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Ultimate Zero RB Watchlist: NFC Week 14 – Wild Card Round

Welcome to the Ultimate Zero RB Watchlist. The goal of this piece is to help you find RB targets for your Zero RB teams before anyone else even knows about them. We know that startable RB weeks can come from almost anywhere in the NFL. By being aware of depth charts that could yield surprising weekly starters, we put ourselves in position to grab the next breakout RB before he breaks out.

We’ll take a close look at depth charts around the league in order to find the next-man-up situations that nobody is talking about . . . yet. Throughout the season we’ll monitor playing time and usage to identify exploitable, under-the-radar trends that have the potential to pay off with league-winning upside.

Be sure to check out Cort Smith’s companion piece on the AFC.

Welcome, hopefully, to the fantasy playoffs. If you’ve made it this far you likely have some running backs on your team who are at least serviceable. In this week’s article we’re going to take a close look at the upcoming schedules to find RBs who can help you win your playoff matchups. First we’ll go through some notes on last week’s action.

  • With Adrian Peterson out of the lineup, Kerwynn Williams and Elijhaa Penny split the rushing work, with Williams getting a slight edge in rushing expected points, while D.J. Foster handled all of the backfield receiving work. With only a middling RB schedule for the fantasy playoffs, it’s going to be hard to trust any of these backs.
  • With Devonta Freeman back in the lineup, Tevin Coleman returned to a change-of-pace role in Atlanta. He did have a sizable edge in receiving expected points, which game him the more valuable overall workload between the two, though it was Freeman who had a slightly better fantasy day. According to the Buy Low Machine, Atlanta has the easiest RB schedule in the NFC over the next three weeks, facing New Orleans twice.
  • Both Tarik Cohen and Benny Cunningham continue to cut into Jordan Howard’s snap share. Cohen was the primary third-down back in Week 13, but as we’ve seen, anything can happen with this backfield.
  • Alfred Morris had the second-highest rushing expectation in the NFC in Week 13. Rod Smith had the third highest. Obviously we should not expect Dallas to have this many rushing expected points to go around. And it’s worth pointing out that the bulk of Smith’s expected points came in garbage time on three consecutive goal-line carries. Furthermore, if this series has proven anything over the course of the season, it’s that I am the least reliable analyst when it comes to the Dallas backfield. So tell me who you have on your team for the playoffs and I’ll tout the other guy.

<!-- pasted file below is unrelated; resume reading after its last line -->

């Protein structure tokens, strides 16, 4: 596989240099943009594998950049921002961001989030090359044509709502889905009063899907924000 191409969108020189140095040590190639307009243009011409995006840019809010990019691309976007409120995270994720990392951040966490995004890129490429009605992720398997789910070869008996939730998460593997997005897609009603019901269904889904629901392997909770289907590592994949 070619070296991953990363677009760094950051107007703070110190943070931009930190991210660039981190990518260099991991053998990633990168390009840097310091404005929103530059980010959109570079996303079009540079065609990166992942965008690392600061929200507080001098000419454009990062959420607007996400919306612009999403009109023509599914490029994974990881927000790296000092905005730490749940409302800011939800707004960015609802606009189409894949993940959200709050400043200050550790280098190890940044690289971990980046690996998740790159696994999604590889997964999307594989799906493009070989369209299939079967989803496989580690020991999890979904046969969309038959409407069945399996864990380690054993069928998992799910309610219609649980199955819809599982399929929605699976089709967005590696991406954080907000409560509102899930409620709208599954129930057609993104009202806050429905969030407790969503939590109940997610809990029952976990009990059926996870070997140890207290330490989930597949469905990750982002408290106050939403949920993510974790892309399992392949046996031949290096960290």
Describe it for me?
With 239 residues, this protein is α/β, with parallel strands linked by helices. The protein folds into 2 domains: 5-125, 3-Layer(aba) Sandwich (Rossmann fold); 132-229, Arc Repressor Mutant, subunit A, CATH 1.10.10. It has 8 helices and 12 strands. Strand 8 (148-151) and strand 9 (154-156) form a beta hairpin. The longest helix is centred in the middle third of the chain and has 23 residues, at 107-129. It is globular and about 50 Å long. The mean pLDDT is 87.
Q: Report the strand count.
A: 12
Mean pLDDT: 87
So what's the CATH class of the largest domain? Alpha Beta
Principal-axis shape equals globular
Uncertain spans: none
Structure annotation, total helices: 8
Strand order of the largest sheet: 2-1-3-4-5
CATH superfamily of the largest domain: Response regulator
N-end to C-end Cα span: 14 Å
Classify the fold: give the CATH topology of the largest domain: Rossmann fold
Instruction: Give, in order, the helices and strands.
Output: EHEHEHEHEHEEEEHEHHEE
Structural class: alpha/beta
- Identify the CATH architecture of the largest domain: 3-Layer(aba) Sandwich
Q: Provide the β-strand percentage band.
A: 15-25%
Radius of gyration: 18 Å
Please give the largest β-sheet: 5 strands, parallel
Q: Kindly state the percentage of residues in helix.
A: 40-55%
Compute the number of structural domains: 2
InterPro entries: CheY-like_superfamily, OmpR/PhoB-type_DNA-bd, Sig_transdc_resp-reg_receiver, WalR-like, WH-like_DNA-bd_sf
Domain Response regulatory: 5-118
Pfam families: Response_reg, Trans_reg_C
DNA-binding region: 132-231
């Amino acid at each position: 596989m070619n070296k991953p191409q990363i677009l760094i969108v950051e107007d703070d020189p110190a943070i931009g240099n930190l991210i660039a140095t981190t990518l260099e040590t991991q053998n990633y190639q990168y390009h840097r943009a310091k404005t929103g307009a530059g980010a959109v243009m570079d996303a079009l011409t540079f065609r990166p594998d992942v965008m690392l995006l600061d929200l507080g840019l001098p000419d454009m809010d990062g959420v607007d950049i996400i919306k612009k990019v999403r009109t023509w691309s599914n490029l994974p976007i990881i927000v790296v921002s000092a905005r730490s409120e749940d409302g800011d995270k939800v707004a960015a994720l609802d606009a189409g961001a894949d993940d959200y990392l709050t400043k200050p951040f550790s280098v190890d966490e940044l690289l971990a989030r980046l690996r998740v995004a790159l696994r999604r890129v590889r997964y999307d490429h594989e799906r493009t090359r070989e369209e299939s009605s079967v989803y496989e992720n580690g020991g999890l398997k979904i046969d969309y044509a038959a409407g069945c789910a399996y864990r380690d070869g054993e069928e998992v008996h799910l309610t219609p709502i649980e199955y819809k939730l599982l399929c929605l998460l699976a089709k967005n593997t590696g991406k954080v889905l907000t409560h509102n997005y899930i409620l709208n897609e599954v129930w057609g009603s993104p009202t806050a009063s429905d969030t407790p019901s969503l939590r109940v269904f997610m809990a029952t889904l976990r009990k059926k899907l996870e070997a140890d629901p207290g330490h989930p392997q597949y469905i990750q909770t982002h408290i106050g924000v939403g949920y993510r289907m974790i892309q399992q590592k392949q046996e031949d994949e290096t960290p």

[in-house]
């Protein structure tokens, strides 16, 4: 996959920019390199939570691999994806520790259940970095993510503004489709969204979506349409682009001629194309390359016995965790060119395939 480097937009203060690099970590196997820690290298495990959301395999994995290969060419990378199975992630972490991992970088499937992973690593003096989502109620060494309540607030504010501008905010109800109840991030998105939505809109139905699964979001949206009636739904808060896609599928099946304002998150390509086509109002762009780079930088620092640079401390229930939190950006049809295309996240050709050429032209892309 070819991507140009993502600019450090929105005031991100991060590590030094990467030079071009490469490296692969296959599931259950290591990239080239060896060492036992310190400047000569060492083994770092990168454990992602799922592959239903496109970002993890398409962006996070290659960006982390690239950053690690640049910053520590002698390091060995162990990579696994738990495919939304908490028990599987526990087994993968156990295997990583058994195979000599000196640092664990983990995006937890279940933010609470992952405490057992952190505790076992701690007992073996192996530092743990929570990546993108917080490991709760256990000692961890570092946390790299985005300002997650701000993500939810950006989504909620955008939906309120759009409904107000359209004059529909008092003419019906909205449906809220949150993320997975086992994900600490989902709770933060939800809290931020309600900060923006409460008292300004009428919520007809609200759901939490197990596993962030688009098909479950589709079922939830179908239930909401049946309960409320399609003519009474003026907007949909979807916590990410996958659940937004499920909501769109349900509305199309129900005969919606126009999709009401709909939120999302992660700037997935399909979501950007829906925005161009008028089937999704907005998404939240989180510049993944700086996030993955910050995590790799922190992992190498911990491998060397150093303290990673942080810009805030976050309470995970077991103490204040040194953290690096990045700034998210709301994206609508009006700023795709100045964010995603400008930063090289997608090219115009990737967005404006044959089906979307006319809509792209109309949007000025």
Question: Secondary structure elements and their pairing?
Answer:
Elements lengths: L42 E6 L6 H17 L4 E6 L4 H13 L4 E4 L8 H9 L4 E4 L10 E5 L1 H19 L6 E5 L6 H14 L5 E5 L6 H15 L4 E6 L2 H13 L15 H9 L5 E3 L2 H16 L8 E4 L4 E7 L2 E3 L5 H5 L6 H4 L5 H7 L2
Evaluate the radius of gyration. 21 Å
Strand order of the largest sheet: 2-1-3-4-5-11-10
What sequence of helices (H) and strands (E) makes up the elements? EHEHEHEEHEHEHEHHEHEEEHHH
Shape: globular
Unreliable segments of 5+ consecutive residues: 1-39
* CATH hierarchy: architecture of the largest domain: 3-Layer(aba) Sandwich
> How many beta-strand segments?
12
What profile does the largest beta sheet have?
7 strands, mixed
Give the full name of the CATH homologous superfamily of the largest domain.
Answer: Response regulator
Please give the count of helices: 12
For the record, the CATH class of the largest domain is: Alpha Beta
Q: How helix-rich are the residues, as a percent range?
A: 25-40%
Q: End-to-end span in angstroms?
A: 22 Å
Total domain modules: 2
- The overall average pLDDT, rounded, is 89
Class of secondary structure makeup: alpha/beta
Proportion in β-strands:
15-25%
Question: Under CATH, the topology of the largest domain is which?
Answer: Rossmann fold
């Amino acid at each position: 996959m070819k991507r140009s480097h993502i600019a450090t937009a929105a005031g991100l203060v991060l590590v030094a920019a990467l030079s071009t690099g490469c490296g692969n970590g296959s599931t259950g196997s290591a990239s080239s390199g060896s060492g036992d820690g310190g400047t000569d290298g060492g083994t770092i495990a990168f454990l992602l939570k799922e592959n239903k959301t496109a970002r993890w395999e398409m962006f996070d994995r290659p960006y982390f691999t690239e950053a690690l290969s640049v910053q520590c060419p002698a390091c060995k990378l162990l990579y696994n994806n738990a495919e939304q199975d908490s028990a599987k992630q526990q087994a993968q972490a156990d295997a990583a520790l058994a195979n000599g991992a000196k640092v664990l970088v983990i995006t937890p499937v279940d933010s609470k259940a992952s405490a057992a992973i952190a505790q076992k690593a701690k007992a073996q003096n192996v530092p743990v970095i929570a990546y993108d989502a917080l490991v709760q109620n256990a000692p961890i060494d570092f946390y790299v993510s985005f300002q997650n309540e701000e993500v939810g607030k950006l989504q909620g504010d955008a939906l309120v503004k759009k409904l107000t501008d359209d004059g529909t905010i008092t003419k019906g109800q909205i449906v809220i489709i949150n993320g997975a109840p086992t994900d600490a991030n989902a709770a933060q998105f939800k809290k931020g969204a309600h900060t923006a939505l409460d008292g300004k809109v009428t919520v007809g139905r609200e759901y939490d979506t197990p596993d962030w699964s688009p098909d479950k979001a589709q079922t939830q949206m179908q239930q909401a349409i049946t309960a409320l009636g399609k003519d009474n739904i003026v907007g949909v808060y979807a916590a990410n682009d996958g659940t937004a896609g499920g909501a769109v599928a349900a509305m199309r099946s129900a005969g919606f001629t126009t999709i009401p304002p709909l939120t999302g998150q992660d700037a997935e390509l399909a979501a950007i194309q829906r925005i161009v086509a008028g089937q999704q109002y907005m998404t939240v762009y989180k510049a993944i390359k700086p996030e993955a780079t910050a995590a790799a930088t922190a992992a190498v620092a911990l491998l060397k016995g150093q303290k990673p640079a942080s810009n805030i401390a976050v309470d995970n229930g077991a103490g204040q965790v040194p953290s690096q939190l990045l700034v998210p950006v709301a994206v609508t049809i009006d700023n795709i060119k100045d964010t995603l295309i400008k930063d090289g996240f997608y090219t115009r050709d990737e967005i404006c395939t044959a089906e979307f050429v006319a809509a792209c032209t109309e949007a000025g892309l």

• With Ameer Abdullah out, Tion Green filled in by leading the Lions in rushing expected points. Of course the guy to have on your team was Theo Riddick, who paced the Lions in receiving expectation, total workload value, and fantasy points. Look for a similar split going forward if Abdullah has to miss more time.
  • Even with an active Aaron Jones, Jamaal Williams still managed to have the second-most valuable workload in the NFC, as he was on the field for 87 percent of Green Bay’s offensive snaps. However, Jones took his one carry of the game 20 yards to the house. It’s hard to keep someone with that dynamic skill set on the bench for too long, so I would expect to see more of Jones going forward. It’s likely that was the plan all along, but with Jones still recovering from a knee injury, the Packers simply did not want to rush him back.
  • Todd Gurley played on 95 percent of the Rams’ offensive snaps and controlled every backfield opportunity in Week 13, finishing the week as one of three NFC players to top 20 total expected points. On the season he is the only back in the NFC to average at least 20 expected points per game. Unfortunately the Rams have the toughest RB schedule in the NFL over the next three weeks. If you can still sell Gurley, now might be the time. However, if you happen to be in a league that includes Week 17 as part of the fantasy season, then you should consider holding on. Assuming the Rams have something to play for at that point, Gurley’s Week 17 matchup against San Francisco is about as good as it gets.